Frederick's on Fleet

Bartender Kevin Lohrey makes a drink at the new Frederick's on Fleet. (Colby Ware, Baltimore Sun / September 13, 2012)

The beauty of a good neighborhood bar usually lies in its simplicity. Serve some interesting drinks in a low-key, approachable atmosphere, and patrons will have a hard time finding reasons to complain.

Frederick's on Fleet — which opened in late August on the corner of South Duncan and, appropriately, Fleet streets in Canton — followed this formula on a recent Friday night. It's a solid addition to an area that cherishes comfort — Kisling's and Johnny Rad's are within walking distance — over stuffiness.

The modest space, which includes a back dining area, felt full with about 35 people seated at the long bar and at high tables. An important Orioles game (aren't they all at this point?) played on two muted flat-screen TVs in the bar's corners, but few people seemed interested. Most were engrossed in their conversations, another welcome sign for a neighborhood bar.

The bar's design lacks flash (the bold, red front doors are the most eye-catching detail), but not personality. There are framed black-and-white photos throughout Frederick's, including rows of vintage boxing glamour shots. Our server told us they were former fighters from Baltimore, a nice touch.

While Frederick's looks attractive, it also knows that that's not enough to win regular customers, especially in Baltimore. Frederick's has clearly put thought and care into its cocktail list and beer selection. Neither is perfect, but the choices are varied enough and reasonably priced.

On the menu, the cocktails list is split between "vintage" and "modern." Working chronologically, a friend and I began with the Aviation and the Pegu Club (all cocktails are $8.50), both served in martini glasses. The former was refreshingly bright, thanks to a well-balanced mixture of Bluecoat gin, lemon, Maraschino liquor and simple syrup. The Pegu Club — made of Tanqueray gin, orange curacao, lime and bitters — was more intense. The orange flavor fought for attention, but the gin overpowered it.

It wasn't a bad first round, but our "modern" cocktails were noticeably more nuanced and enjoyable. The limencello and Bulldog Gin-based Louis De Palma (a reference that might explain the clientele Frederick's hopes to attract) tasted almost too sweet at first, but its intensity leveled off with each sip.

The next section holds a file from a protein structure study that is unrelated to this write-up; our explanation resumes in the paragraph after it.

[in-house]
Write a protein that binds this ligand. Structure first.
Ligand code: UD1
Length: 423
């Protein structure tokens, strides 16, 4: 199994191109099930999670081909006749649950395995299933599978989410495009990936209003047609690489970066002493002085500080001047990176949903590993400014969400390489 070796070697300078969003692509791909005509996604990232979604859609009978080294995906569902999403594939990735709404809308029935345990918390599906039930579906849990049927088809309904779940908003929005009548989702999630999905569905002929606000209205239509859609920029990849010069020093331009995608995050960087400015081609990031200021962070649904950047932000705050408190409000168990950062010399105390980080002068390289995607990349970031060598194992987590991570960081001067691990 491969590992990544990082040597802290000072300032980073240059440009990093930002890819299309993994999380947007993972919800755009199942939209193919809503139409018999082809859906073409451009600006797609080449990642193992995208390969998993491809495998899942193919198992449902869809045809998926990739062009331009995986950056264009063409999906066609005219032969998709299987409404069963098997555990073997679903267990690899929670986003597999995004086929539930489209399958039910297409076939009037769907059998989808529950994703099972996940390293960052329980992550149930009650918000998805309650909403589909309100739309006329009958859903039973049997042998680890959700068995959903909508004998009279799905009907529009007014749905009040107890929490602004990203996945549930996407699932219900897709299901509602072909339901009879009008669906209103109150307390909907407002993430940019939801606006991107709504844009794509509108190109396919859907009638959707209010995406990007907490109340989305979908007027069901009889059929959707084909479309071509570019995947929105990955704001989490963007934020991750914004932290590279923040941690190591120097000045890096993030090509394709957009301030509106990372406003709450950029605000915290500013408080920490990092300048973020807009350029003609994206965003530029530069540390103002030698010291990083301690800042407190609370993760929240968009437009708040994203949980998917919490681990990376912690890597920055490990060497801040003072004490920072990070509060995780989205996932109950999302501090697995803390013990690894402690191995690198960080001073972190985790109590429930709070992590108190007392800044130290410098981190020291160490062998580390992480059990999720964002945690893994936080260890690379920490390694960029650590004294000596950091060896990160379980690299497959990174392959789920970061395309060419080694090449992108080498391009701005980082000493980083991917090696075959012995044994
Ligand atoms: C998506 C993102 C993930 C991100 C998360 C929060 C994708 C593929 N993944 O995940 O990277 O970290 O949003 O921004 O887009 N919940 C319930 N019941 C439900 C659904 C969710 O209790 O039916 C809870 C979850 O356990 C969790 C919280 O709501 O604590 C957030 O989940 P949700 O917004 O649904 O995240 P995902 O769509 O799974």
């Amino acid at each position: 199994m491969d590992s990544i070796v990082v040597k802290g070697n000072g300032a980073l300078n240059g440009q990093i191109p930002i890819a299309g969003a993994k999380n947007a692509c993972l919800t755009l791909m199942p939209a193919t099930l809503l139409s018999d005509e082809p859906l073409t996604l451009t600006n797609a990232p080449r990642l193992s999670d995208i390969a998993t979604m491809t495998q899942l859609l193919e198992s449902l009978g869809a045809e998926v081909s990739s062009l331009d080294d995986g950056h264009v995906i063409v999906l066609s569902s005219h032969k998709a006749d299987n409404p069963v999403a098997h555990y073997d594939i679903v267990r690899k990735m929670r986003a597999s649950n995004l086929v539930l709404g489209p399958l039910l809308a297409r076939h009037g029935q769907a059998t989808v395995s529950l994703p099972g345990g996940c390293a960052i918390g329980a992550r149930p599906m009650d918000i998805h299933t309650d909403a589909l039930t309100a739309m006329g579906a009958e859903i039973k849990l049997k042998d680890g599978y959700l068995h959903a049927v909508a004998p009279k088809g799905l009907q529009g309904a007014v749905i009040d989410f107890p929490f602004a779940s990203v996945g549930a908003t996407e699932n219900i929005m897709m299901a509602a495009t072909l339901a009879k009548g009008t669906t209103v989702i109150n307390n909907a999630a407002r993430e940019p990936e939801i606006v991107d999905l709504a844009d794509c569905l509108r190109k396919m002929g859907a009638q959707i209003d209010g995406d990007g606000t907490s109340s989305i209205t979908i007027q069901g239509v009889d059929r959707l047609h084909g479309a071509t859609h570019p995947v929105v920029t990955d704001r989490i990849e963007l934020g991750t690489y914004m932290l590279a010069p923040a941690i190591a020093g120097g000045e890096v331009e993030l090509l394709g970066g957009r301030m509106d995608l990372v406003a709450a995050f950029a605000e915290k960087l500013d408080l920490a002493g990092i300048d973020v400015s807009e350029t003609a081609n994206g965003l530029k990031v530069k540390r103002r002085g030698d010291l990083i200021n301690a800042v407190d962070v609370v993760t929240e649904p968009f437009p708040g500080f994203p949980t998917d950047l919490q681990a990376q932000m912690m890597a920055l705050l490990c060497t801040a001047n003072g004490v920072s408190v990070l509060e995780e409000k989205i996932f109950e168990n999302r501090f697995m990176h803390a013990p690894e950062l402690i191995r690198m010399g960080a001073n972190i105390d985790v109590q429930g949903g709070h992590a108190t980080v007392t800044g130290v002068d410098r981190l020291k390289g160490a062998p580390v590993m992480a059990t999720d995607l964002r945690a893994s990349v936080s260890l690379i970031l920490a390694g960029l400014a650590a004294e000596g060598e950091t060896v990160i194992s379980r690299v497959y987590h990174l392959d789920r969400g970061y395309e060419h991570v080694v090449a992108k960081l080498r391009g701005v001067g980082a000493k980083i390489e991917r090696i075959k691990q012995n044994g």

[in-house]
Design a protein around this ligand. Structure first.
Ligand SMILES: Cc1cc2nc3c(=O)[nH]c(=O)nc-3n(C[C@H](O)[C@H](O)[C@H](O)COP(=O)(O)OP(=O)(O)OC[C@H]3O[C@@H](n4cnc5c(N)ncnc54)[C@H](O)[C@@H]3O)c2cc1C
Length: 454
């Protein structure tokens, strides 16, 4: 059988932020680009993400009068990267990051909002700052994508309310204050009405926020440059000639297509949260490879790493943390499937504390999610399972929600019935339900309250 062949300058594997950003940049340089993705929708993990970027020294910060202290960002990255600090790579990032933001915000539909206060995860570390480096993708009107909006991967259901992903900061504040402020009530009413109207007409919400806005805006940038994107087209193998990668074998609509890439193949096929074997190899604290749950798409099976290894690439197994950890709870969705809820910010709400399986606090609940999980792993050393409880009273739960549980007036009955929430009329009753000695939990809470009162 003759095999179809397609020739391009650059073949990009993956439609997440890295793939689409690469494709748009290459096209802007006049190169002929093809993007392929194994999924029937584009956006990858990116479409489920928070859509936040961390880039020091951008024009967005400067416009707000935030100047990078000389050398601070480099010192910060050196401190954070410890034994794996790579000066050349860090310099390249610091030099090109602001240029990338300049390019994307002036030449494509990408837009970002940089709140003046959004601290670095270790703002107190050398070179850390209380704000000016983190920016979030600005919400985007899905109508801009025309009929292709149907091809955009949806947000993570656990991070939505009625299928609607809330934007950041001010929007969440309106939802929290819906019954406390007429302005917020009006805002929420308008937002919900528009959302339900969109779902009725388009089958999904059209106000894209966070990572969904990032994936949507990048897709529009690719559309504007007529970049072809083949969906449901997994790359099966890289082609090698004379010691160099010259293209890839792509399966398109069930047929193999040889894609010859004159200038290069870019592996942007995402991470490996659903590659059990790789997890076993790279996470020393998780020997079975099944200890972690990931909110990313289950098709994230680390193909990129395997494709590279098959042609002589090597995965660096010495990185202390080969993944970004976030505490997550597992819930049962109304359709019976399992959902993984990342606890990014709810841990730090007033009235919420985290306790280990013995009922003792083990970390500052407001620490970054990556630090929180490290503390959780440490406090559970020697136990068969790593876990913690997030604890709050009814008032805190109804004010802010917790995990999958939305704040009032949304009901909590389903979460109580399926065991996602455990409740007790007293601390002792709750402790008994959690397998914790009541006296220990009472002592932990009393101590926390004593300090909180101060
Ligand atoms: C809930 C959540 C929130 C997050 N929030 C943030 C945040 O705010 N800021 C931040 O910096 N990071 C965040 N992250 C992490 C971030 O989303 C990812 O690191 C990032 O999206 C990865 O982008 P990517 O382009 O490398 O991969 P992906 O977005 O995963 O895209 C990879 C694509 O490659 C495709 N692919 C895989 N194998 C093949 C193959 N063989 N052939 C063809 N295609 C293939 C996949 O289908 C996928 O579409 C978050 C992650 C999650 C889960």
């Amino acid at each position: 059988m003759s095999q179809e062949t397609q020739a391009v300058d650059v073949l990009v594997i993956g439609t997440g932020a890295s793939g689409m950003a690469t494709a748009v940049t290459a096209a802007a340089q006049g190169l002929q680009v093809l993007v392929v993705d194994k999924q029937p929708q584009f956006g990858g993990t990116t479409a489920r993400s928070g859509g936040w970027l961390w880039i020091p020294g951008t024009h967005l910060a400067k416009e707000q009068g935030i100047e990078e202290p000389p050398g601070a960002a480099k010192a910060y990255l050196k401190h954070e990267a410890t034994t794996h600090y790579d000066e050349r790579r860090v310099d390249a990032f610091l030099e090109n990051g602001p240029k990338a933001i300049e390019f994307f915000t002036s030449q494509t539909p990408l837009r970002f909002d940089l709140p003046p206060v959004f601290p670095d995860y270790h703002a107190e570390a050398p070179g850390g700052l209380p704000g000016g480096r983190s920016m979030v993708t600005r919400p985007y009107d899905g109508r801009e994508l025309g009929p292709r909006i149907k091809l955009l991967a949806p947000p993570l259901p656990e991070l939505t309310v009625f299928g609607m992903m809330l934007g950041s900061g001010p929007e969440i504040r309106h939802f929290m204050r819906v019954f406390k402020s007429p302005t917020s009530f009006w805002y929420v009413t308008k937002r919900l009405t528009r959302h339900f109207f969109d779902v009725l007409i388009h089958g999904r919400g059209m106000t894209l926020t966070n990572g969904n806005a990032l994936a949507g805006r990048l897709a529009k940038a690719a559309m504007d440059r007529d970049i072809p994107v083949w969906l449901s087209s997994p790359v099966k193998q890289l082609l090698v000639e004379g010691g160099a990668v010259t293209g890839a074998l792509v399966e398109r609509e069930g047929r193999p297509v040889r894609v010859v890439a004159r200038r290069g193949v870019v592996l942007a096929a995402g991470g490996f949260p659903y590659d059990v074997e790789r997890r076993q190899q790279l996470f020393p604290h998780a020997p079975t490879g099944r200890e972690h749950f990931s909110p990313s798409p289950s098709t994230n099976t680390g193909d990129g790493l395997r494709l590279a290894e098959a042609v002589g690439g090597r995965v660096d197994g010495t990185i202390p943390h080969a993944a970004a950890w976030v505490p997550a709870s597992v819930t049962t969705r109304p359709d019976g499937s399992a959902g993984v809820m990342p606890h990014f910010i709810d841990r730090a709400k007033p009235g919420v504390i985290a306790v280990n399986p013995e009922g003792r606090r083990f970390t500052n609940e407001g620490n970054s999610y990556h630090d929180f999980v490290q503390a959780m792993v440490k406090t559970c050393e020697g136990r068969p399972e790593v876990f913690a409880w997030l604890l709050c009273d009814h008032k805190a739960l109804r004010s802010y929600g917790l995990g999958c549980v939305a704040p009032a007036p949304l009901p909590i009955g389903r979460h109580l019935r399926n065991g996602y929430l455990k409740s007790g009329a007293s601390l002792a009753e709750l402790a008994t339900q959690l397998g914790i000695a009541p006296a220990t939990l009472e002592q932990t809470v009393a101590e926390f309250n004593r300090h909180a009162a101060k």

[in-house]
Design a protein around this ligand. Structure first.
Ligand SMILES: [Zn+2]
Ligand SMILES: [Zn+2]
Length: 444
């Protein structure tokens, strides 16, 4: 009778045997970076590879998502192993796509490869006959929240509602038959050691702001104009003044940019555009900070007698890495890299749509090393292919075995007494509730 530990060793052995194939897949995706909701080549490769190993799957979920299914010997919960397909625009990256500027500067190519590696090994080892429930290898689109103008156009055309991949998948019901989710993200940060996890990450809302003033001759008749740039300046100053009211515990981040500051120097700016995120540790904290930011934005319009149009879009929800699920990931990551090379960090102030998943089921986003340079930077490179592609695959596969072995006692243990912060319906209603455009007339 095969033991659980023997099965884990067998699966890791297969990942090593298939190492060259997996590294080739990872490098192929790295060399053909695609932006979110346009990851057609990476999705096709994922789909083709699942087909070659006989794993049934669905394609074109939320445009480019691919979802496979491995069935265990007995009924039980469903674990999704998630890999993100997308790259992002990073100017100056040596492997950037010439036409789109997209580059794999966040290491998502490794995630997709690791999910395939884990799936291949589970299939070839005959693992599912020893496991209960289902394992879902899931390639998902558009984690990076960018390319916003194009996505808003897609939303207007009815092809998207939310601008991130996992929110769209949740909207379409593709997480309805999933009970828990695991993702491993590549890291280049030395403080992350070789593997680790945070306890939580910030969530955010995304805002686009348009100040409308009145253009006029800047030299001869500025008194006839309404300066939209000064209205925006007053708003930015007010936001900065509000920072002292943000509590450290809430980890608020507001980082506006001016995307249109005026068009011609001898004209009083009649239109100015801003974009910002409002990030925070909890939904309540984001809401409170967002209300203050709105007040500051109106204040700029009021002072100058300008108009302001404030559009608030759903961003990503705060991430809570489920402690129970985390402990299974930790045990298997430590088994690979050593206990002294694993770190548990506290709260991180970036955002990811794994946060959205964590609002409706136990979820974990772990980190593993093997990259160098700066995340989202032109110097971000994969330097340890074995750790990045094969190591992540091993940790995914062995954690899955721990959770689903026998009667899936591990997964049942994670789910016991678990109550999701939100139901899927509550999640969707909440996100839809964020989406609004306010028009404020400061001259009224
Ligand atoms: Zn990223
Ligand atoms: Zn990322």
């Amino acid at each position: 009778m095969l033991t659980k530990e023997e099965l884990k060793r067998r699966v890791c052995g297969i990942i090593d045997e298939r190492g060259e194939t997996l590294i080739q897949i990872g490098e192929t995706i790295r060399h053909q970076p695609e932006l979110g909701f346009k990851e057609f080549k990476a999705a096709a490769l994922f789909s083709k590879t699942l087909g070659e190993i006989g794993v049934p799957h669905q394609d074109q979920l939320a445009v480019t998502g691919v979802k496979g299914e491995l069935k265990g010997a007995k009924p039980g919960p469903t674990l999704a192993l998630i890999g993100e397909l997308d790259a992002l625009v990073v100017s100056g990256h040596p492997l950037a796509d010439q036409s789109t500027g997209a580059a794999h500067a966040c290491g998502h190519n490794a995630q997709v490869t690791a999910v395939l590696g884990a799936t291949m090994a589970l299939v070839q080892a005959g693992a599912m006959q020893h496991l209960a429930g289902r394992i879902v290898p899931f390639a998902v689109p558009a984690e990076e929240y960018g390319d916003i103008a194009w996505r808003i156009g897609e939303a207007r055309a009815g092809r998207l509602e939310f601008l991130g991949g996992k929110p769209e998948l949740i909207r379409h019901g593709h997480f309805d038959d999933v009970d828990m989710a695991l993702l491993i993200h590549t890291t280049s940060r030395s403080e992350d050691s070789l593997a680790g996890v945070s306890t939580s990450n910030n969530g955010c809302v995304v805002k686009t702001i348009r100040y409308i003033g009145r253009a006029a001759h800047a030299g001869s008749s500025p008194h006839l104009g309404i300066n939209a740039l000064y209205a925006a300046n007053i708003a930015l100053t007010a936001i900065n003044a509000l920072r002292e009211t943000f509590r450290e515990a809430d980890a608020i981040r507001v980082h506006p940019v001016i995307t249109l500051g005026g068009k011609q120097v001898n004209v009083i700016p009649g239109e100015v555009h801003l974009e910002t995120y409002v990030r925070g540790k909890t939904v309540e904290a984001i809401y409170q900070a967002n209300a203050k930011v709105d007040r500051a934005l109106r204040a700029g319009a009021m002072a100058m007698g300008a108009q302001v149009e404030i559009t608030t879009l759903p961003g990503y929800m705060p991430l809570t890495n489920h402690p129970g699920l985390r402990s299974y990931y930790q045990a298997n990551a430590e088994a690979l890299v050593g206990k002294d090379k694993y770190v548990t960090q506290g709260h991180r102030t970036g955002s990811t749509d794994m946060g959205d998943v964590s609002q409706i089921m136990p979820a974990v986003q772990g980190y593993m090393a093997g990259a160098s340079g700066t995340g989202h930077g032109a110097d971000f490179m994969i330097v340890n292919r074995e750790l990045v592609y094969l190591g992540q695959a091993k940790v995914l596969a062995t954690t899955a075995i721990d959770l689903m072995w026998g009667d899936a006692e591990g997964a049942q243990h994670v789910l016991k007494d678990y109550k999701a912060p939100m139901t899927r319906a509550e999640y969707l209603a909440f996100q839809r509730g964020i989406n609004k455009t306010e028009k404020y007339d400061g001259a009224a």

The best cocktail of the night was the Summertime Smash, a pleasant concoction of Tanqueray 10 Gin, cucumber, thyme, white cranberry juice, lime and simple syrup. That's a lot of flavors in one small glass, but it worked. The cucumber added a soothing dimension.

Despite a disappointing draft selection (seven kinds, all $5.50, with the Doggie Style Classic Pale Ale from Frederick's Flying Dog Brewery leading the pack), Frederick's has enough choices to satisfy most customers.

By the bottle, there are local (Heavy Seas) and foreign (San Miguel from the Philippines) picks, and even a gluten-free option (Bard's Tale from Buffalo, N.Y.). Perhaps best of all, beer-wise: National Bohemian, National Premium and Pabst Blue Ribbon are $2.50 all of the time.

Alcohol aside, Frederick's gets the little things right, too. Our server and bartender were very attentive and even persuasive. (I didn't plan on getting the cheesecake-wrapped-in-fried-dough "Dessert of the Day," but for only $4, there was no reason to turn it away.)

This bar also has a sense of humor. According to the menu, the China White cocktail is "more addictive than its name" and the Kama Sutra — a pomegranate vodka-based drink finished with champagne — is the "perfect pregame for a nooner." There's nothing zany or over the top about Frederick's, but it's nice to know it doesn't take itself too seriously either.

With astute service and a sleekly vintage design, Frederick's will likely never have to rely on cheap laughs at its own expense. Instead, the instantly comfortable bar should thrive on its cocktails and staff, a simple combination any neighborhood can embrace.

wesley.case@baltsun.com
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Frederick's on Fleet

Back story: After some delays over the summer, the unassuming corner bar opened in late August in the space that used to house Tyson's Tavern.

Signature drink: The Summertime Smash ($8.50) proves a cocktail can remind you of summer without tasting like pineapple or Malibu rum. Although fall is just about to begin, Frederick's will continue serving it for the foreseeable future.

Parking: Metered, on the street.

Where: 2112 Fleet St., Canton

Contact: 443-438-4572, fredericksonfleet.com

Open: 11 a.m.-1:30 a.m. daily